Recent State-Level Right to Work Wins Hearten Grass-Roots Groups
This year, members of grassroots groups based in states as diverse as Delaware, Maine, Montana, and New Mexico will be striving with all their might to follow in the footsteps of the six states that have passed Right to Work laws just since the beginning of 2012.
Freedom-loving citizens in Delaware, Maine, Montana, and New Mexico, as well as in other states like Minnesota and New Hampshire, will be turning up the pressure on their state legislative and executive candidates to oppose forced unionism.
And proponents of making unionism voluntary now sense they have the wind at their back, largely because of the Right to Work laws adopted over the past six years in Indiana, Michigan, Wisconsin, West Virginia, Kentucky and Missouri.
(Unfortunately, Big Labor obstructionists have so far prevented the Missouri statute from taking effect, but the Show-Me State Right to Work proponents are now hopeful enforcement will come by late this year.)
Right to Work States Hold 2:1 Advantage in Household Employment Growth
Public efforts to enact more state Right to Work laws are intensifying in part because such laws are seen as a means for a state to attract new job-creating and income-raising business investments.
Throughout most of the nearly nine years since the official end of the 2008-2009 national recession, overall U.S. employment and incomes have risen only at a snail’s pace.
Consequently, every state is under more pressure to capture as great a share as possible of all domestic growth.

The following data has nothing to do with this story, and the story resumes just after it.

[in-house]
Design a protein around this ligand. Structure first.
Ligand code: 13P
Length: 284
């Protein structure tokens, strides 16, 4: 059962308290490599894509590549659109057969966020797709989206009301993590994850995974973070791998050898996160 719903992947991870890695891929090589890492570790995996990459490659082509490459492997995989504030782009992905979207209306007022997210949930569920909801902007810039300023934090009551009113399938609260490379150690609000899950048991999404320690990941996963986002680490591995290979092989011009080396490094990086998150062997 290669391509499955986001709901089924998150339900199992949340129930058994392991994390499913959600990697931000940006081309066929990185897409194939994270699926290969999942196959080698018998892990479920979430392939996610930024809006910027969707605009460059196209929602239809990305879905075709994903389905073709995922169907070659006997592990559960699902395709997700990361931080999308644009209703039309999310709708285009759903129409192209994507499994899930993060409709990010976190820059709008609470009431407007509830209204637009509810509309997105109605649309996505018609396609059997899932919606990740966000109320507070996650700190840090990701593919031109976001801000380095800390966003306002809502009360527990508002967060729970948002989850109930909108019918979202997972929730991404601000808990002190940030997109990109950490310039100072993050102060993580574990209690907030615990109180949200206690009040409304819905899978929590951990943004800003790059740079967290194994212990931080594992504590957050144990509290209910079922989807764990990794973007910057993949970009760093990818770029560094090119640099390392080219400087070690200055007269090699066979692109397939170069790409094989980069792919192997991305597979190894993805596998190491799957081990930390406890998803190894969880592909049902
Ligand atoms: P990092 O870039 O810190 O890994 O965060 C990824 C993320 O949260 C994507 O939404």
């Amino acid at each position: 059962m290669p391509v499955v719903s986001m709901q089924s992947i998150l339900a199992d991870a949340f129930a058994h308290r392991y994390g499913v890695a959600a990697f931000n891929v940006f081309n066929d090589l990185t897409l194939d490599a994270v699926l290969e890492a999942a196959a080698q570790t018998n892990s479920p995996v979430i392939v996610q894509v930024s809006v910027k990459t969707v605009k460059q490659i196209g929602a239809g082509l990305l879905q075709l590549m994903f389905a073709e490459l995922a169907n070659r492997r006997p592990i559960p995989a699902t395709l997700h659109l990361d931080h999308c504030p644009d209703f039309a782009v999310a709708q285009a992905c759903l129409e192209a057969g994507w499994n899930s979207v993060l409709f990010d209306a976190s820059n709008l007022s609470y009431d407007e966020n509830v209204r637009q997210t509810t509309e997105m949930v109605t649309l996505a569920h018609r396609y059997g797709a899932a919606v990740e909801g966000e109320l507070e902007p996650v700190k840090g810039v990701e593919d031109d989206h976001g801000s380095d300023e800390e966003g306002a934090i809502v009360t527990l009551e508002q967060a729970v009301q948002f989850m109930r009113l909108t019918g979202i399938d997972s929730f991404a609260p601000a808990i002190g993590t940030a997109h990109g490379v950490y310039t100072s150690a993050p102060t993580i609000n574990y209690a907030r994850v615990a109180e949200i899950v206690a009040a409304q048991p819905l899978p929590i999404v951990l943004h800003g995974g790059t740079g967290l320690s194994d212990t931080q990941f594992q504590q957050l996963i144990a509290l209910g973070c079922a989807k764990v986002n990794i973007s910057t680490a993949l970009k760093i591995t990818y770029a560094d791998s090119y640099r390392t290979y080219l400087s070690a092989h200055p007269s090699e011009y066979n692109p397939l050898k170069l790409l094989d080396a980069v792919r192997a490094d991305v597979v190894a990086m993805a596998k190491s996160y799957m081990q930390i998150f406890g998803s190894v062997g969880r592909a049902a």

“The evidence that employment and incomes are increasing more rapidly in Right to Work states than in forced-unionism states is plentiful,” commented Mary King, vice president of the National Right to Work Committee.
“For example, U.S. Labor Department data show that, in the 22 states that already had Right to Work laws on the books back in 2007, the number of civilian household jobs grew by 8.8% over the next 10 years.
“Meanwhile, aggregate employment in the 22 states that still lacked Right to Work protections for employees as of the end of 2017 grew by just 4.2% or less than half the Right to Work average.”
(Civilian household employment is a broad measure that includes workers on employer payrolls, contractors, and the self-employed.)
Six states suffered employment losses of at least 1.5% from 2007 to 2017. Of these, five are non-Right to Work states and one became Right to Work only in 2016.
Meanwhile, seven of the top nine states for 10-year employment growth are Right to Work.
Each Worker Is ‘Entitled’ To ‘Do as He Pleases’ With ‘The Fruit of His Labor’
As compelling as such data are, the fact is that grass-roots support for the Right to Work is driven primarily by moral concerns, not economics.
Today’s Right to Work activists recognize what Abraham Lincoln recognized back in 1858, when he observed, in an Illinois speech rejecting the notion that slavery is morally or politically acceptable when imposed by popular vote:
“I believe each individual is naturally entitled to do as he pleases with himself and the fruit of his labor, so far as it in no wise interferes with any other man’s rights . . . .”
Besides being morally right, standing up for each worker’s freedom to do as he or she pleases with the fruit of his or her labor is politically smart.
Time and Again, Politicians Have Been Rewarded For Passing Right to Work Laws
Ms. King cited the recent examples of Wisconsin and West Virginia, where lawmakers enacted state Right to Work laws over Big Labor’s loud and angry protests in early 2015 and early 2016, respectively.
“On Election Night, 2016,” she recalled, “every single pro-Right to Work Wisconsin legislator who sought reelection was returned to office. The following year, the Republican legislative leaders who had ushered through forced-dues repeal enjoyed expanded majorities in the state Assembly and Senate.
“Meanwhile, the Mountain State’s GOP Senate caucus, which had supplied all of the chamber’s 18 votes for Right to Work the previous winter, expanded from 18 seats to 22 seats after the 2016 general elections.
“And the uniformly pro-forced unionism Democrat Senate caucus in West Virginia shrank from 16 seats to 12.”